Turkish PM Erdogan's allies desert as crisis deepens

The resignation of top ministers, widening corruption allegations, and conspiracy theories are shaking confidence in Turkey's ruling elite.

By , Correspondent

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    Turkey's Prime Minister Recep Tayyip Erdogan addresses his party members in Ankara, Turkey, on Wednesday. Three Cabinet ministers resigned on December 25, amidst a sweeping corruption and bribery scandal that has targeted Mr. Erdogan's allies in one of the worst political crises of his more than 10 years in power.
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Turkey’s government slipped into deeper turmoil Thursday as more ministers in Prime Minister Recep Tayyip Erdogan’s government resigned and Mr. Erdogan and his allies stepped up rhetoric complaining of a foreign conspiracy.

The resignations, recriminations, and a widening corruption investigation have shaken confidence in the decade-long tenure of Erdogan and his Islam-rooted Justice and Development Party (AKP). Turkey’s economy has been one of the strongest in the region for years, outpacing many European nations as well, and Erdogan’s leadership has been embraced in the West as a stabilizing influence amid the Syrian civil war, political tumult in Egypt, and the Iranian nuclear impasse.

Remarks by Erdogan’s allies and press leaks in Turkish newspapers suggesting a Western-backed plot have also unnerved Turkey’s allies. Last weekend, Erdogan himself lashed out at unnamed foreign ambassadors, accusing them of doing “provocative things.” Some Turkish newspapers have printed photographs of the US ambassador on their front pages, demanding he leave the country.

Recommended: Think you know Turkey? Take our country quiz.

The simmering unrest gained wide attention earlier this month, when police raided the offices of bankers, business leaders, and others with ties to the prime minister, arresting dozens. The Erdogan government then fired police officials; Reuters reports that, according to local newspaper Hurriyet, up to 550 police officers, including senior commanders, have been dismissed in the past week.

On Wednesday, three government ministers resigned abruptly: Economy Minister Zafer Caglayan, Interior Minister Muammer Guler, and Environment and Urban planning minister Erdogan Bayraktar. Press reports say Mr. Caglayan’s and Mr. Guler’s sons were among the 24 people arrested in the corruption investigation.

Mr. Bayraktar, meanwhile, said in a live TV interview that he had been forced to resign, and he suggested Erdogan was also involved in corrupt real estate deals.

“The prime minister has the right to work with the ministers he prefers,” Mr. Bayraktar said, according to The New York Times. “But I can’t accept this pressure on me to resign. The prime minister too has to resign.”

Erdogan later announced he had shuffled 10 other ministers’ posts in his cabinet, and today, Hurriyet reported that Erdogan told reporters that he was the real target of the graft probe.  “If they try to aim at Tayyip Erdogan through this, they will [be left empty-handed]. They know it and that’s why they are attacking [the ministers],” he said.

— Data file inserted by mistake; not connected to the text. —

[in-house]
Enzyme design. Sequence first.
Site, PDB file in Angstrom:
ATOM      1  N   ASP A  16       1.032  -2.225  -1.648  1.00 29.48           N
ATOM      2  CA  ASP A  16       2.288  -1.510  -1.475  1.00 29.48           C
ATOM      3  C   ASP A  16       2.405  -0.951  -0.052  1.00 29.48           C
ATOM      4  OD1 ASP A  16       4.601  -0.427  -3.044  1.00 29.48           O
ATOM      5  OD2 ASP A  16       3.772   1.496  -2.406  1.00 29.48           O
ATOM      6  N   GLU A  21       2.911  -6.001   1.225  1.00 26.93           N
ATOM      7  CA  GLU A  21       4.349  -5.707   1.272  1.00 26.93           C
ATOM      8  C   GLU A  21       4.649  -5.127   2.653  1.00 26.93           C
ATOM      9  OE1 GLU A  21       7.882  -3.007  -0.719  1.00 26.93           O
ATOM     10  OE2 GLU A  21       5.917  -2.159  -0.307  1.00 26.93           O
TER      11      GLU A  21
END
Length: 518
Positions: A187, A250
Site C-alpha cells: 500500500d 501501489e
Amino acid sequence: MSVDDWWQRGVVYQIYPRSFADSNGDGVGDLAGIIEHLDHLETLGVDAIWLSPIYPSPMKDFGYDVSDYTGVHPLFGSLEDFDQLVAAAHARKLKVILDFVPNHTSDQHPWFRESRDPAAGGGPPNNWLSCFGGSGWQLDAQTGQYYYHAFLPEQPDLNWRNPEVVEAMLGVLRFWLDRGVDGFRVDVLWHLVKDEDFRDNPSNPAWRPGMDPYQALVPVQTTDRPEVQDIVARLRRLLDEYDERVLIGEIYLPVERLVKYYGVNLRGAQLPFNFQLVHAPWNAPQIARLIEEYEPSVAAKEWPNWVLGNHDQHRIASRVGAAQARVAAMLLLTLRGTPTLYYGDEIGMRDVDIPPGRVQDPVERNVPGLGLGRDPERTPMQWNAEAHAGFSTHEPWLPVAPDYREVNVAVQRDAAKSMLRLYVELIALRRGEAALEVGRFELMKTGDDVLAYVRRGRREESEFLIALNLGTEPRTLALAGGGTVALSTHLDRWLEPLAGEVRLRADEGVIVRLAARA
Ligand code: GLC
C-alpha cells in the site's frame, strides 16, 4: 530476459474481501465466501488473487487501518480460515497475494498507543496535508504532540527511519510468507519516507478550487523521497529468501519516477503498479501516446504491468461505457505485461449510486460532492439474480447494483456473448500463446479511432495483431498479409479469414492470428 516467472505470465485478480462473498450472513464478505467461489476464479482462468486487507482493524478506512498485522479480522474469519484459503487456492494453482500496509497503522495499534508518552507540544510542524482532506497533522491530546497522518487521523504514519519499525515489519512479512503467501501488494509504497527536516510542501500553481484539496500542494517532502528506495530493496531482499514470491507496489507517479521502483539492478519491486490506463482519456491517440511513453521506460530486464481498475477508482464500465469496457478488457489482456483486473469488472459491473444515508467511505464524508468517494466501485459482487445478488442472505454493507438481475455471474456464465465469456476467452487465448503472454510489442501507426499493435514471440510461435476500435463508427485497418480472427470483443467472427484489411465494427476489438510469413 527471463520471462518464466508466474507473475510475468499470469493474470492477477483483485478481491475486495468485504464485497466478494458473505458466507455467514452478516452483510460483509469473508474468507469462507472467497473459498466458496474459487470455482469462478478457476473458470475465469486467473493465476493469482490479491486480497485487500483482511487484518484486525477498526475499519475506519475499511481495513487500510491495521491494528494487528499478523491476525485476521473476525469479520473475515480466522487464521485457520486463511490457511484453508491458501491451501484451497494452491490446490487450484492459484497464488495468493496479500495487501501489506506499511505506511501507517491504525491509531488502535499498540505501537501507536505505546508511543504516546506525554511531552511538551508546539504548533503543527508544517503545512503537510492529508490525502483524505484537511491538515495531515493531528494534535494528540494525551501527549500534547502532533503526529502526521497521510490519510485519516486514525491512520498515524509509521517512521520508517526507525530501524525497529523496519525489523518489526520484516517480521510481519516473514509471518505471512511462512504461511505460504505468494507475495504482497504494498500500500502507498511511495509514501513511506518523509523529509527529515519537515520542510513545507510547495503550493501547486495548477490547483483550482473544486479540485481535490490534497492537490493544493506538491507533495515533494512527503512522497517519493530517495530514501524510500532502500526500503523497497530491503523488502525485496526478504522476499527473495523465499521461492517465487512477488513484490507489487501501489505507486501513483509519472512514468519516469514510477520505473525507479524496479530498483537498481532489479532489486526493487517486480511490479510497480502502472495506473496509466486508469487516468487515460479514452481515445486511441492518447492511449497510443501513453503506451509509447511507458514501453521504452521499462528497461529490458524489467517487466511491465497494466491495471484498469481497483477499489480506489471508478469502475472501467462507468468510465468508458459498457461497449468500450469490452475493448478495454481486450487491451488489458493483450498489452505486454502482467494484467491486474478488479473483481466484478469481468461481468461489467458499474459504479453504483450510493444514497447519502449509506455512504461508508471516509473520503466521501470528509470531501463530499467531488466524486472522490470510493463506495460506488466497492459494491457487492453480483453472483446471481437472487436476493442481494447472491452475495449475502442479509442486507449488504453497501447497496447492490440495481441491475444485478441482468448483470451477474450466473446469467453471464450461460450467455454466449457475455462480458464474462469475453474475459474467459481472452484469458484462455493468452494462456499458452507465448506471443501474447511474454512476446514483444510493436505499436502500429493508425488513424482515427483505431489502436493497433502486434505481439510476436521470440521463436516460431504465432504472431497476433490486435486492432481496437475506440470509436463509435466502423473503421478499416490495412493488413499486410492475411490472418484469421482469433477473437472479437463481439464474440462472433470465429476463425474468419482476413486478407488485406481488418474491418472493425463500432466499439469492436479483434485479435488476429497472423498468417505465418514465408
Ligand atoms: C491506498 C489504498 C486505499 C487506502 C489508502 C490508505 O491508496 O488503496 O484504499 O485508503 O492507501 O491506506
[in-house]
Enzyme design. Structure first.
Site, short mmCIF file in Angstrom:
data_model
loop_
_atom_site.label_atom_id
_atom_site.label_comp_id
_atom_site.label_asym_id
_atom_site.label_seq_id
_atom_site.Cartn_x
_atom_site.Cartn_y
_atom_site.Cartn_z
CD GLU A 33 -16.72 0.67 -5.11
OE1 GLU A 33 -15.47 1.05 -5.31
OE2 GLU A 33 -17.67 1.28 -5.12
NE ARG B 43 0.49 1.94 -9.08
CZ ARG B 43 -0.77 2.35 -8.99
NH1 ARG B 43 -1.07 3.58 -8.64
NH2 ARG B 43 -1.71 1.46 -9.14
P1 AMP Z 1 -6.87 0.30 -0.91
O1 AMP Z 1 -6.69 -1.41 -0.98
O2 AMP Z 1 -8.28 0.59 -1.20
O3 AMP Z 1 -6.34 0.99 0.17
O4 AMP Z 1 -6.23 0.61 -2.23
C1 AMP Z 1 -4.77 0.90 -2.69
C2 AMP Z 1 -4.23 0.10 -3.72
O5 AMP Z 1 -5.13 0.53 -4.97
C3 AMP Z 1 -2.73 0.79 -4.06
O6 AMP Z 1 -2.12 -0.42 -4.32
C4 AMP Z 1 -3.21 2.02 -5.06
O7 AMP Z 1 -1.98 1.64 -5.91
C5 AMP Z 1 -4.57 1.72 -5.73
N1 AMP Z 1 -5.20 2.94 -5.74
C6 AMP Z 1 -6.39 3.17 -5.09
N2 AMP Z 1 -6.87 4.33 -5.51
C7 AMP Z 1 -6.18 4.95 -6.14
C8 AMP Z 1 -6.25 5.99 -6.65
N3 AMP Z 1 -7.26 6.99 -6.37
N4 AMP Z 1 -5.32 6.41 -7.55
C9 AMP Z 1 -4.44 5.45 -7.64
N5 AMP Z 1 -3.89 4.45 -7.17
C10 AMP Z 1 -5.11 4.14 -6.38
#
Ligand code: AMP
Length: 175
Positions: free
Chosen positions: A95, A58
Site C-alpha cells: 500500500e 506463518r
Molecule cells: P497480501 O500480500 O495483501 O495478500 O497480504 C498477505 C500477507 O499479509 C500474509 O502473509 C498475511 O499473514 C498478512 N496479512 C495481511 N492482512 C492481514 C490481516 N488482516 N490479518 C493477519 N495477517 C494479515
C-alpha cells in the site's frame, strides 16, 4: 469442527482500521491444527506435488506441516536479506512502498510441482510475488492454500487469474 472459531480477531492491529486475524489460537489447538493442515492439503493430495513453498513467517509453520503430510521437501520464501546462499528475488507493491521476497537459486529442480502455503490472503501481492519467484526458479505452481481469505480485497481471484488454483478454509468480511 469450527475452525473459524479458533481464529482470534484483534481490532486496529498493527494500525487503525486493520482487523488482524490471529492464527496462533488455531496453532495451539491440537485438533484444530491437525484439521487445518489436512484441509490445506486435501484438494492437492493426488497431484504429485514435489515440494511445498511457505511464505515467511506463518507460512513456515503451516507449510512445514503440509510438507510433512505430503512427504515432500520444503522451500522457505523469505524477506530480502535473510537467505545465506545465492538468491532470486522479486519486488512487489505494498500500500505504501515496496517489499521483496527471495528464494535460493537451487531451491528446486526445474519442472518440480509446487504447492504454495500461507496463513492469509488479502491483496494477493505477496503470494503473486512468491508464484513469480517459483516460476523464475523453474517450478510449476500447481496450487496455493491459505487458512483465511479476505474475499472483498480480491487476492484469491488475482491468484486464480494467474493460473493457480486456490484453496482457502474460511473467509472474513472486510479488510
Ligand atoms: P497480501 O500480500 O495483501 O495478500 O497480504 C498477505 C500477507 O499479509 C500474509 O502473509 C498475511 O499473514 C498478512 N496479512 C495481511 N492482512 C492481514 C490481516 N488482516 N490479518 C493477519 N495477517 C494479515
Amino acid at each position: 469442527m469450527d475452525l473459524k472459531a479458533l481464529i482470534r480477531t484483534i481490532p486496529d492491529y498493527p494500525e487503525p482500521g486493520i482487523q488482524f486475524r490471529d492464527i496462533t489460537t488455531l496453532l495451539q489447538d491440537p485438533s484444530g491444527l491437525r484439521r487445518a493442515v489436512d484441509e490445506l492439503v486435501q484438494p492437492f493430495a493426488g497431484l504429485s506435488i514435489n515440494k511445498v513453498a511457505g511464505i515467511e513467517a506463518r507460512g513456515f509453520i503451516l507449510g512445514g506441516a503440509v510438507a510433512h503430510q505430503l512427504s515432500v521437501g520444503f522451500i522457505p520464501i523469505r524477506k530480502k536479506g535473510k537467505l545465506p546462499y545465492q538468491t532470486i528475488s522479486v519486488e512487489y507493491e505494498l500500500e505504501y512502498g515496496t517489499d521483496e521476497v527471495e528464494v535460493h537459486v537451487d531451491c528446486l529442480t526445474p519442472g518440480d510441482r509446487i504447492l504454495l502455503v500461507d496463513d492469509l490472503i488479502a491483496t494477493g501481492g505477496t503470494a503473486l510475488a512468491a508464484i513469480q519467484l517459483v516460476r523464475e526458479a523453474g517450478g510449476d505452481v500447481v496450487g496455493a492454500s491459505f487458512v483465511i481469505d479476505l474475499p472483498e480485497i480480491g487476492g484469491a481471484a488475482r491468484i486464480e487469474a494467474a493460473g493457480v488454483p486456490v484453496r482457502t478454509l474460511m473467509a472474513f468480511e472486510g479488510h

The rhetoric, particularly that blaming the US, has worried Turkey’s Western allies. According to The New York Times, US officials called off high-level meetings with Turkish counterparts over the weekend, fearing that Amb. Francis J. Ricciardone Jr., whose name has been appearing on protest placards and newspaper front pages, would be ordered to leave the country.

The growing crisis pushed down the Turkish currency, the lira, and sent interest rates on Turkish bonds climbing to three-month highs, The Wall Street Journal said.

With the next election cycle set to begin in March, Turkish analysts and Western observers have focused on two possible underlying factors for the crisis. The first is the state-run bank Halkbank, which news reports said has been investigated by the US for skirting sanctions against Iran. Hurriyet said Halkbank chief executive Süleyman Aslan had been charged with taking bribes and that the police reportedly found $4.5 million in cash stored in shoe boxes in his home. 

The second factor is the influence of Fethullah Gulen, an Islamic religious leader who lives in the US and whose followers include police and judicial officials in Turkey. Mr. Gulen and his Hizmet social and religious organization have been allies of Erdogan in the past, but remarks published on the Hizmet website show a break with Erdogan, accusing the prime minister of using nationalist and xenophobic rhetoric to drum up support ahead of next year’s elections.

Erdogan’s government has been accused of growing authoritarianism by opponents and critics. In May, police violently cracked down on demonstrators protesting a government decision to build a shopping mall at Gezi Park, a popular outdoor park in central Istanbul. The demonstrations were some of the largest in Turkey in years, and the police crackdown outraged and shocked many, particularly among the more liberal Istanbul electorate.  

In a speech to Turkish business groups today, Foreign Minister Ahmet Davutoglu argued that Turkey’s economic growth and political stability had made it a target for meddling outsiders.

“The revolution done by Turkey in its geography has disturbed some,” Mr. Davutoglu said, according to Hurriyet. “If today there are some making some calculations about us, if we have disturbed some, be sure that this is due to the revolution we have started in this land.”

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